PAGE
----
Research for the Film
Research highlights include: the discovery of the transcripts of 13 original interviews with immigrants from India made by W.L. Mackenzie King in 1907, locating a travel document apparently signed by the grandfather of one of the people we interviewed, and finding early Canadian and Indian passports belonging to pioneer immigrants. Locating even a small item such as a passport brings a fresh connection to the past that delights a researcher.
We searched the photograph and moving images collections and all files relating to Indian immigration at Library and Archives Canada in Ottawa, the Provincial Archives of British Columbia in Victoria, the City of Victoria Archives, Saanich Archives and the City of Vancouver Archives.
During 20 days of filming in Vancouver, Abbotsford, Langley, Victoria, and William Head, B.C., we interviewed 19 people and filmed many locations of significance to early immigration, the Komagata Maru incident and the lives of immigrants. We recorded 10 hours of interviews and supporting location images.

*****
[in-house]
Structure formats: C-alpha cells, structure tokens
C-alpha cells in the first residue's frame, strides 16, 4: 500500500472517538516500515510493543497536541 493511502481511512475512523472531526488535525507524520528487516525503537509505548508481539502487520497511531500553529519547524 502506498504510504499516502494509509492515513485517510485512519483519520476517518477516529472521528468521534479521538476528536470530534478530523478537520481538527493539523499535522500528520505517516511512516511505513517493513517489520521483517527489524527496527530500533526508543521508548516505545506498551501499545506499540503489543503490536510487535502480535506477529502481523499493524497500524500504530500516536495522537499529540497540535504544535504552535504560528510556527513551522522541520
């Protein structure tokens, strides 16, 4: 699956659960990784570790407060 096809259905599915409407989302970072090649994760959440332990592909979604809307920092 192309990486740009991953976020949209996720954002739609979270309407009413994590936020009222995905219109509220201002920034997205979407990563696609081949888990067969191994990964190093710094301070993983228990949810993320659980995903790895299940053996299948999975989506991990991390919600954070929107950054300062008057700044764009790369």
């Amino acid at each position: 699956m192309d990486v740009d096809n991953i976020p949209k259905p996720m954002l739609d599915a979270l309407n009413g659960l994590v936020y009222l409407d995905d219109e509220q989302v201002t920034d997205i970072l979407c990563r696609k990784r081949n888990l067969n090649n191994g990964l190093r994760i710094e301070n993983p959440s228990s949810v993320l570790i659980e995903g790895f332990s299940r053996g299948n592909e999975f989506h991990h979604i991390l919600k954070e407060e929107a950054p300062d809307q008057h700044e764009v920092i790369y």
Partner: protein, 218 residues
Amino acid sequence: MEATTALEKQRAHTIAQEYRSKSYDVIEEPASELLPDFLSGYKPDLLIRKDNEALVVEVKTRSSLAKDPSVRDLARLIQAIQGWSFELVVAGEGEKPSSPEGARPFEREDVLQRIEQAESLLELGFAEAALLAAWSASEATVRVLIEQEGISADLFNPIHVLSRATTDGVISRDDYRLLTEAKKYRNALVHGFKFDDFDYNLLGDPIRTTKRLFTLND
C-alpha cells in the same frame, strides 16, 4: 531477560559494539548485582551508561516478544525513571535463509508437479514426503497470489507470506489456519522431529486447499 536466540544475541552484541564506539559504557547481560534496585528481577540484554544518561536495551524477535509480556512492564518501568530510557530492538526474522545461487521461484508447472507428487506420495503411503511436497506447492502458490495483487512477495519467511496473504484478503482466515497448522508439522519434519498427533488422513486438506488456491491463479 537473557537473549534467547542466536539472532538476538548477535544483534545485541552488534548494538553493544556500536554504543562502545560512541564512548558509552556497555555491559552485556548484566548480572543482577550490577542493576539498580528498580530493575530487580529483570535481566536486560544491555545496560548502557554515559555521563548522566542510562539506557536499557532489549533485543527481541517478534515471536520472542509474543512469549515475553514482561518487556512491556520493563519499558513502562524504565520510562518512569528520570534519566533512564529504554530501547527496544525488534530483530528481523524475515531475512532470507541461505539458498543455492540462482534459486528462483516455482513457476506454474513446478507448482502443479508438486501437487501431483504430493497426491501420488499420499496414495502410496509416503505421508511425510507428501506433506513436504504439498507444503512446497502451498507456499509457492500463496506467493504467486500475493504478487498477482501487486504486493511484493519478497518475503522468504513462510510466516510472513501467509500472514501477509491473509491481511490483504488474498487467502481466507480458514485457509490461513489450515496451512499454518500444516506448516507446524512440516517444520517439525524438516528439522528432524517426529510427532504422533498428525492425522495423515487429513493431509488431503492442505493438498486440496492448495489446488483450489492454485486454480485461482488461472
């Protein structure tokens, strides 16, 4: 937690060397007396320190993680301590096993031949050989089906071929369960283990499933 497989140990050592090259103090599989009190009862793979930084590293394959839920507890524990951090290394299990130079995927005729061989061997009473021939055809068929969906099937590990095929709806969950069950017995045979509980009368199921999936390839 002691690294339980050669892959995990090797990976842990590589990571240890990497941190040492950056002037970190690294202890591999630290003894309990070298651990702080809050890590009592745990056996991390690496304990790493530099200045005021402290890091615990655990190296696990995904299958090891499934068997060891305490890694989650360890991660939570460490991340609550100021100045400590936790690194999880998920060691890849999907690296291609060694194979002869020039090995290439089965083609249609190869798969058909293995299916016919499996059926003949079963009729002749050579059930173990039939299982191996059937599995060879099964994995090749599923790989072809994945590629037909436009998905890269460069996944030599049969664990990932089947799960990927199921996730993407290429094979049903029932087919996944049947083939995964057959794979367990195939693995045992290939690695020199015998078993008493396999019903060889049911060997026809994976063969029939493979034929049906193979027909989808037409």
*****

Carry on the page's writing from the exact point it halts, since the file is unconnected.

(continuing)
On Vancouver Island we filmed at Victoria Harbour, the Empress Hotel, William Head (the old Quarantine Station), Race Rocks lighthouse, Fisgard lighthouse, and Mount Douglas. Other filming locations in the Vancouver area included Vancouver Harbour, capturing the scene of the Komagata Maru incident, and the three moving memorials of the Komagata Maru incident. The team also filmed at the Ross Street Sikh Temple, The Abbotsford Sikh Temple, Gold Wood Industries sawmill, the approaches to Vancouver Harbour, and the booming grounds at Squamish.
Two highlights of our filming experience were receiving permission to film Victoria Harbour from the “Flag Deck” of the Empress Hotel in Victoria (from where royalty waves), and to film within the William Head Institution, a minimum security prison near Victoria, the very locale of the immigrants’ first connection with Canada.